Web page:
“Figure it out,” bellowed the captain. I had just looked to him for direction — the lines of two rods, one with a 50-60 pound yellowfin tuna hooked on the other end, had tangled together — and I was totally unsure of how to get them untangled. Once again, I found myself lost in the chaos and uncertainty of my environment, left to figure things out on my own.
I was living my childhood dream while working as a mate on a sportfishing boat out of Ocean City, M.D. during the summers after my second and third years at the University. The situation that I’ve described above, though, was by no means novel — the learning environment onboard was old school.
The captain’s explanations as to why we would reel a fish in a certain way or why we cut bait into four pieces and not three were only given in the form of demeaning scoldings. If I ever had any complaints — I did, but hardly ever had the audacity to voice them — I knew I would just be directed to the sign onboard that read “The beatings will continue until morale improves.”
There was — luckily — another, much more experienced mate on the boat as well, and to him, I owe more than words could possibly convey. However, he was not there to guide me through every step of the way. So, when disorder erupted on deck, the captain would repeatedly yell “figure it out,” as I ran in circles fearing for my life trying to “figure it out.” This was not an effective pedagogical strategy, to say the least.
Fishing can be extremely chaotic when the fish are biting — multiple lines violently rip out of their holding clips, and their corresponding rods bend over while the line rips off of them. People start yelling, lines get tangled and all while the boat pitches and rolls, to the dismay of our queasy stomachs.
So in the heat of the moment, yelling “figure it out,” was not the most efficient way to teach me, and I struggled to understand through the chaos out on deck and accomplish my duties. I felt like it took me longer to learn skills. I grew frustrated with my slow progress, and even though I had been dreaming of this opportunity since I was just a little kid, I could not help but to feel disappointed in myself as a result. It wasn’t until one crucial realization lit a spark inside me and helped me thrive instead of drown.
While I am almost certain my captain was by no means intending to instill in me a valuable life lesson with his intolerable teaching method, he still did. He made me realize that figuring things out — whether it is how to rig a new bait, how to study for an exam or what career decision to make next — is hard. Now, I know you are probably thinking, “well, of course it is,” but that is exactly the point I am trying to get across.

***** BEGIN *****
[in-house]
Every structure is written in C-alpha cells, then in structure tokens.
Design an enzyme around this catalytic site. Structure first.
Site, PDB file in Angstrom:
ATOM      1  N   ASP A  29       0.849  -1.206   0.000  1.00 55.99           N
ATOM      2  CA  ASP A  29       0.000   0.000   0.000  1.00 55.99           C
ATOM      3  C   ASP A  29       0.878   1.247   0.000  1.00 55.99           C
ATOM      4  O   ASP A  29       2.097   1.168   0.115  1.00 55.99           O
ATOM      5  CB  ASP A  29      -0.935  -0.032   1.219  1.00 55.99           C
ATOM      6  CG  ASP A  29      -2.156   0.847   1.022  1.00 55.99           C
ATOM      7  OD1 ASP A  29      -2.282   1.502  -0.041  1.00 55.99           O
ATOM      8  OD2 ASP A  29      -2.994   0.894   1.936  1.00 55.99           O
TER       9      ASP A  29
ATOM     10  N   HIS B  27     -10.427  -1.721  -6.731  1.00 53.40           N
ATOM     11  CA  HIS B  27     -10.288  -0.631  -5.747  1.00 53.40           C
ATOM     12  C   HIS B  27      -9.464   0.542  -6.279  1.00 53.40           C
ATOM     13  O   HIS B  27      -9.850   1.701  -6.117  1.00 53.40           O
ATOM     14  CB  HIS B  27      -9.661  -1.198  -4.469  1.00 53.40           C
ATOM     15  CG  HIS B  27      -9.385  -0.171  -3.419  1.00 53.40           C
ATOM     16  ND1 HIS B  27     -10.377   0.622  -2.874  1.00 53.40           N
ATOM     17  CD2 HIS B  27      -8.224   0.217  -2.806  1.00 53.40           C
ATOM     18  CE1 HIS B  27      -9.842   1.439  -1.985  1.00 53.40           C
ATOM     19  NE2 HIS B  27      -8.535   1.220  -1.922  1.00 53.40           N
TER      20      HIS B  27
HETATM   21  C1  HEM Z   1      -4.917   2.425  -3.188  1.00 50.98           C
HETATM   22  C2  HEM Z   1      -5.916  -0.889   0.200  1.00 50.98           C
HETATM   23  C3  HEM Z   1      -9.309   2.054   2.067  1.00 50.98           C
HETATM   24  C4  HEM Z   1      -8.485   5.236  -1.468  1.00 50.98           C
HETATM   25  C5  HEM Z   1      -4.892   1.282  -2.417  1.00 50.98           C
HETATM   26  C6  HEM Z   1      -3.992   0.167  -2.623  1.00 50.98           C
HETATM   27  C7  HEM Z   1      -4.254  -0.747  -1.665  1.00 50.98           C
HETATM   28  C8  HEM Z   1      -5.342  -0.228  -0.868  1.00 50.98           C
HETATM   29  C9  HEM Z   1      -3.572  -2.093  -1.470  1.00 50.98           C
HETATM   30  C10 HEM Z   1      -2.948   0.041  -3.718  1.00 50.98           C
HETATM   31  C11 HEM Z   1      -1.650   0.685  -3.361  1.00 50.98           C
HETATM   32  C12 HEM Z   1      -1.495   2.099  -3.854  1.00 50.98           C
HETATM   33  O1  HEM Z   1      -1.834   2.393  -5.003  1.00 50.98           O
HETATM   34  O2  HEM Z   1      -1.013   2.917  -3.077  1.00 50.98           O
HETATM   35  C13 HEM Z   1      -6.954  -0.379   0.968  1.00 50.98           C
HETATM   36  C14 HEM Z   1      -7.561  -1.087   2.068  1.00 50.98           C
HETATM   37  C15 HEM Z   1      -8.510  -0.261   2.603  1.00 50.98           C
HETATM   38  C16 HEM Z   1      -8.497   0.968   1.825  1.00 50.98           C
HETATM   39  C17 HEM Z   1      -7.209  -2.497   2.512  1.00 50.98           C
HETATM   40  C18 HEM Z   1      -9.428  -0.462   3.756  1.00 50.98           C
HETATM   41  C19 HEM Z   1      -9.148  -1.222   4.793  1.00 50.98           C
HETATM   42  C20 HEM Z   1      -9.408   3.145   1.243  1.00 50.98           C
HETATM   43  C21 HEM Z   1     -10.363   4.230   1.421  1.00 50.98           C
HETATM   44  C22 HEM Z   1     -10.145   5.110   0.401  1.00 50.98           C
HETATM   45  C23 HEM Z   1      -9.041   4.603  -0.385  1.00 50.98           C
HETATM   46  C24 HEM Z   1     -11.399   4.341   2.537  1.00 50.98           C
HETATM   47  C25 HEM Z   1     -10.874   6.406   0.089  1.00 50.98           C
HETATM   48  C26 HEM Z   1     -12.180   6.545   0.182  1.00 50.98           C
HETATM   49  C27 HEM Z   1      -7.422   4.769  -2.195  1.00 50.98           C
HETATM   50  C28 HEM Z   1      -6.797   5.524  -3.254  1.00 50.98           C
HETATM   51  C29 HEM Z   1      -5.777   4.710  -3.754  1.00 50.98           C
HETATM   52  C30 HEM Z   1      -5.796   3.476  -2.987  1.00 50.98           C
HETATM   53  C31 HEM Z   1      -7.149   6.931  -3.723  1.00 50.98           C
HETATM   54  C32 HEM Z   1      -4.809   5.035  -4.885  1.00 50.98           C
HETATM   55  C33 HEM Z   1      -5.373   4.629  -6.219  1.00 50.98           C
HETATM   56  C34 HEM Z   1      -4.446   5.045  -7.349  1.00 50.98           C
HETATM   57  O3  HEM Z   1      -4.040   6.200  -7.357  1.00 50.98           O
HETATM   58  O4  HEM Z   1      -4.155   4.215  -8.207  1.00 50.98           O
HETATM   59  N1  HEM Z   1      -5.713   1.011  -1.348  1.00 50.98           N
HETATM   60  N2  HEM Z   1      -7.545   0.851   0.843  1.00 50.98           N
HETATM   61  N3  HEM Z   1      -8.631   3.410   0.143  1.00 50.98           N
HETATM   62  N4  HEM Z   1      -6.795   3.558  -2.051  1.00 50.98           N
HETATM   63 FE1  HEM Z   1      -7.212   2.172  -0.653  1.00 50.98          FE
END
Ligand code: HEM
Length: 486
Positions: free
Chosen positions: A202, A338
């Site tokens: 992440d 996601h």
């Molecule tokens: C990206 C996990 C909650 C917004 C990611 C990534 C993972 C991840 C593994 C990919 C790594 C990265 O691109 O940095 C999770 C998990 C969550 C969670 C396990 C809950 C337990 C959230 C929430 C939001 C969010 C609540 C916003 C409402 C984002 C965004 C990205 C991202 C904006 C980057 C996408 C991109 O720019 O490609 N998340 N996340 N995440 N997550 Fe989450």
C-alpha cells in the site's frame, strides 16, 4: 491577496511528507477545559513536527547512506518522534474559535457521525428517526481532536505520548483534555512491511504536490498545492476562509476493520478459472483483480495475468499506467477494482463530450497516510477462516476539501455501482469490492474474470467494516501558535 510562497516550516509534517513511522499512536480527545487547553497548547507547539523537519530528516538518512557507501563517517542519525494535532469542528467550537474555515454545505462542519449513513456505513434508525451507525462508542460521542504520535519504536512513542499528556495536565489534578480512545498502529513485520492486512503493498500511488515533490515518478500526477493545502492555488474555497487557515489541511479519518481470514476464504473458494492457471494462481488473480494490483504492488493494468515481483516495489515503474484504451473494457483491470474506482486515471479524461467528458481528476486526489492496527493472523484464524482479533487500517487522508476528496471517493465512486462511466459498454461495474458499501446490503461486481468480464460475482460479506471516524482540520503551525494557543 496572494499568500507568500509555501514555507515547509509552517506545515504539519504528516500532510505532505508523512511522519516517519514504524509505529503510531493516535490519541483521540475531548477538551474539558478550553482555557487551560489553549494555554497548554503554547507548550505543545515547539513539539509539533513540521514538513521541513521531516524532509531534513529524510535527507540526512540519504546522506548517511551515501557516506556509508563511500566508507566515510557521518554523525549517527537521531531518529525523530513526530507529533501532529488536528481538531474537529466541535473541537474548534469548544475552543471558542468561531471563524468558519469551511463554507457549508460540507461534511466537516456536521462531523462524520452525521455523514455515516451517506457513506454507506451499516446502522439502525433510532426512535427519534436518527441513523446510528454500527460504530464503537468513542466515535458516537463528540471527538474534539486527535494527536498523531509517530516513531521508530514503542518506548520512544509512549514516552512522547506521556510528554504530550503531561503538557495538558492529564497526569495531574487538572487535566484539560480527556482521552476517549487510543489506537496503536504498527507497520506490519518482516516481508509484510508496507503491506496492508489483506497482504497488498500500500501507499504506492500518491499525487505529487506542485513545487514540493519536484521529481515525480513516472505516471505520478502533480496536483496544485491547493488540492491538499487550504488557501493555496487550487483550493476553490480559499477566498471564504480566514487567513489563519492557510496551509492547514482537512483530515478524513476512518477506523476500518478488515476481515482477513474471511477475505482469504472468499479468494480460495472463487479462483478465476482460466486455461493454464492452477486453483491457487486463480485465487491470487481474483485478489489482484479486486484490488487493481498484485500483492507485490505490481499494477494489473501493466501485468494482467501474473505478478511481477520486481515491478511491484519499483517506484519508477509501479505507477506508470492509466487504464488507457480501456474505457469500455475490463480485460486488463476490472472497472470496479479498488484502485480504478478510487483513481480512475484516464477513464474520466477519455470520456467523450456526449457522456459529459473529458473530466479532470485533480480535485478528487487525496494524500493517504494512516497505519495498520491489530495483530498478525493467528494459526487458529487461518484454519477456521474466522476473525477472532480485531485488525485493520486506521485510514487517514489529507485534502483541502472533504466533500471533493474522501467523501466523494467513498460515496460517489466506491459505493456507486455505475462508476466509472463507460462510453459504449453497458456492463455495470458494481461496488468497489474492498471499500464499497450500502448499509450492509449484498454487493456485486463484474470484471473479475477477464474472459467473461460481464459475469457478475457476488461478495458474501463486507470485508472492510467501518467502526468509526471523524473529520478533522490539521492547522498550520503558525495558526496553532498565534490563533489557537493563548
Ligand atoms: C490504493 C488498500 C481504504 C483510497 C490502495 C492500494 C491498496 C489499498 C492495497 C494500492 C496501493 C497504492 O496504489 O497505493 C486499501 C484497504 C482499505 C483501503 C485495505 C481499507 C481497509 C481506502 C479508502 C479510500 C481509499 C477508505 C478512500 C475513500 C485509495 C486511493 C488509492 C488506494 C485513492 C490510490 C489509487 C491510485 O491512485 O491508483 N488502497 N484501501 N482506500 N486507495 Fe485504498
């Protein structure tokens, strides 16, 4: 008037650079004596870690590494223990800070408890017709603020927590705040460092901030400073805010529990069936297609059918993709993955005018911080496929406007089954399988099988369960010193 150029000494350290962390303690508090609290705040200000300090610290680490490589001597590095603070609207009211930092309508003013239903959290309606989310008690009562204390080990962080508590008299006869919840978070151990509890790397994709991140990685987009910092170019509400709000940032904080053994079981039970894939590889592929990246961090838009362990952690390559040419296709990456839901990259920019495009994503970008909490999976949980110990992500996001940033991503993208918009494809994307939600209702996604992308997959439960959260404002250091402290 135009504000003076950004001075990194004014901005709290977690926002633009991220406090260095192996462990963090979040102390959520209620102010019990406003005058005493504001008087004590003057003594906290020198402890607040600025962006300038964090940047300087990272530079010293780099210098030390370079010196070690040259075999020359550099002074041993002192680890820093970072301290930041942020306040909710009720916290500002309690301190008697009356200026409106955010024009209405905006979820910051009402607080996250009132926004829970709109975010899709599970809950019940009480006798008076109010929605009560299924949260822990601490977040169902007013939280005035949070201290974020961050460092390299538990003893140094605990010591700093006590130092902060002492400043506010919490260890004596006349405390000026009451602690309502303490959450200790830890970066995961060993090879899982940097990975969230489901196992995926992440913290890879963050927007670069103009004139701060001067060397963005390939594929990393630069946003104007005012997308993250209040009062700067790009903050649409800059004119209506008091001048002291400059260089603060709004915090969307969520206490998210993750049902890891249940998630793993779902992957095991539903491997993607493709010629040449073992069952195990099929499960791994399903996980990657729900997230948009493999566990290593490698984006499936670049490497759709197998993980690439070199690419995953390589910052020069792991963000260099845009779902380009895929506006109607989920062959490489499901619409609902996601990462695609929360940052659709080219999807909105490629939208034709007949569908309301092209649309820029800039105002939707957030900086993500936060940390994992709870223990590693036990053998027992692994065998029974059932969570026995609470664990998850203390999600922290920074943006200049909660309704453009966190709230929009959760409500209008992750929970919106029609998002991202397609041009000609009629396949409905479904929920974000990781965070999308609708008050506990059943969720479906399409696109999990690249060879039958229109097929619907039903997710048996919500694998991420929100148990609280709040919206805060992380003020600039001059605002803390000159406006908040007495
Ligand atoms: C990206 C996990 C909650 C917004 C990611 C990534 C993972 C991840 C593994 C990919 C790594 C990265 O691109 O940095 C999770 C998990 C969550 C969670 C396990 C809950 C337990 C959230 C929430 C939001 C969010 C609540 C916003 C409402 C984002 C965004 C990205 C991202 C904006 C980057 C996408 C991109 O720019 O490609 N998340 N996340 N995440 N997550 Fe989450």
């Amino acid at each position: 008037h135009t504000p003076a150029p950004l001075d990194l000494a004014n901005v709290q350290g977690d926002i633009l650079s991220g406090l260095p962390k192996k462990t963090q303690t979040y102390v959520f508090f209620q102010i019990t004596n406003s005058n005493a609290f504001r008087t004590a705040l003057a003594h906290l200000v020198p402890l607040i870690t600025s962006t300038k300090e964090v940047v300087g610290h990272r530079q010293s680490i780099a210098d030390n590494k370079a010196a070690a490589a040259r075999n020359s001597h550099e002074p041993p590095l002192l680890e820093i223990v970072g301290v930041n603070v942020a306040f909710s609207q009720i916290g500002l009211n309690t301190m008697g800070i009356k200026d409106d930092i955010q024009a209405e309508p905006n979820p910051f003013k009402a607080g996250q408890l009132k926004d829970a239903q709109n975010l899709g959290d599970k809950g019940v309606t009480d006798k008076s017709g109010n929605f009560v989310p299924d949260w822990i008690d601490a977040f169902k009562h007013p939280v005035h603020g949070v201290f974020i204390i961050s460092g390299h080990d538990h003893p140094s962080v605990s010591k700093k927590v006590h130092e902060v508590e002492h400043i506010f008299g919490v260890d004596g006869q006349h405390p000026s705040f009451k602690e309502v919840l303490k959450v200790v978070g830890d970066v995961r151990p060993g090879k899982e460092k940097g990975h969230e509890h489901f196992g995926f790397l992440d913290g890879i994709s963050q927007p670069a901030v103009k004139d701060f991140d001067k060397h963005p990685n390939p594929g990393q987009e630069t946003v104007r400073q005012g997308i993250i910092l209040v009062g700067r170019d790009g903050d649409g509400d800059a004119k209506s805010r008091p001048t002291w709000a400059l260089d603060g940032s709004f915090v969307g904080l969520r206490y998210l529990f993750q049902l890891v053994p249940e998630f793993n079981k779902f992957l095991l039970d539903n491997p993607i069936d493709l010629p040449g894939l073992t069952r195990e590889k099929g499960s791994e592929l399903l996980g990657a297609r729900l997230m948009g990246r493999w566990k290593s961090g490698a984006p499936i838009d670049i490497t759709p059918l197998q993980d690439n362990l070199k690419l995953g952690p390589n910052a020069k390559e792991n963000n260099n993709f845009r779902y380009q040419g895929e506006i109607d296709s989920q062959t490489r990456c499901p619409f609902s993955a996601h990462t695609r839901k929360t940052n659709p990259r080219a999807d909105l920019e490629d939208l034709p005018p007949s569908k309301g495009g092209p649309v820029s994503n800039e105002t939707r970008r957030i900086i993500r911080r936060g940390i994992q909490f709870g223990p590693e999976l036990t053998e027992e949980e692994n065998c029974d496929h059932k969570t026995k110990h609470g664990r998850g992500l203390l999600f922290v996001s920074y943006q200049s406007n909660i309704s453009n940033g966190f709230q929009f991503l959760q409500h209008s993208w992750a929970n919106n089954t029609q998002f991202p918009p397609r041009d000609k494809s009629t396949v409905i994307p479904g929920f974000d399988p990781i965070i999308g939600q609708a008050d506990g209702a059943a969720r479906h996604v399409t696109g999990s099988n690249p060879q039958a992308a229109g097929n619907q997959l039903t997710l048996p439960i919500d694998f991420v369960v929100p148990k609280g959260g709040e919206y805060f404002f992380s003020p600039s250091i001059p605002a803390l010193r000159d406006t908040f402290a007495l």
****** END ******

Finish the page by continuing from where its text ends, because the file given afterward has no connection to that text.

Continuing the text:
Consider how we all take it as a given that this upcoming challenge in our life, whether it be a midterm or an annual review at your job, is going to be difficult. My time as charter fishing mate, though, showed me that the mental act of actually acknowledging that fact and truly accepting it is so critically important. In doing this, we can begin to push through the mental barrier and anxiety of taking on a difficult task.
For example, when I finally acknowledged that my learning curve as a mate was supposed to be long, I suddenly found myself no longer frustrated with my slow progress. As a result, I grew more patient with myself, started taking responsibility for my own learning and began focusing on finding tangible ways I could improve each day. In essence, I started figuring things out.
This concept of figuring things out is a tool I now carry with me every day. I use it as a problem-solving framework for the challenges that arise in my life and it involves two steps. First, I accept and acknowledge the conditions of a given challenge as they are. Then, I figure out, through researching, seeking advice or experimenting, how I can achieve my goal or overcome an obstacle.
What I love about my approach to “figuring things out,” is that the act of accepting forthcoming hardships calms my initial anxiety of tackling a new challenge. As a result, I feel like I have regained my own agency and can now muster the wherewithal to take on whatever lies ahead. Even when things may feel like they’re spiraling, I still gain a sense of control.
To this end, I am very thankful for my time as a mate. While I have complained of his verbal abuse throughout this column, I owe my captain quite a lot, and I have a deep respect and appreciation for him. That was an experience that I will never take for granted. As a graduating fourth-year, it is time now, however, for me to figure out the rest of my life.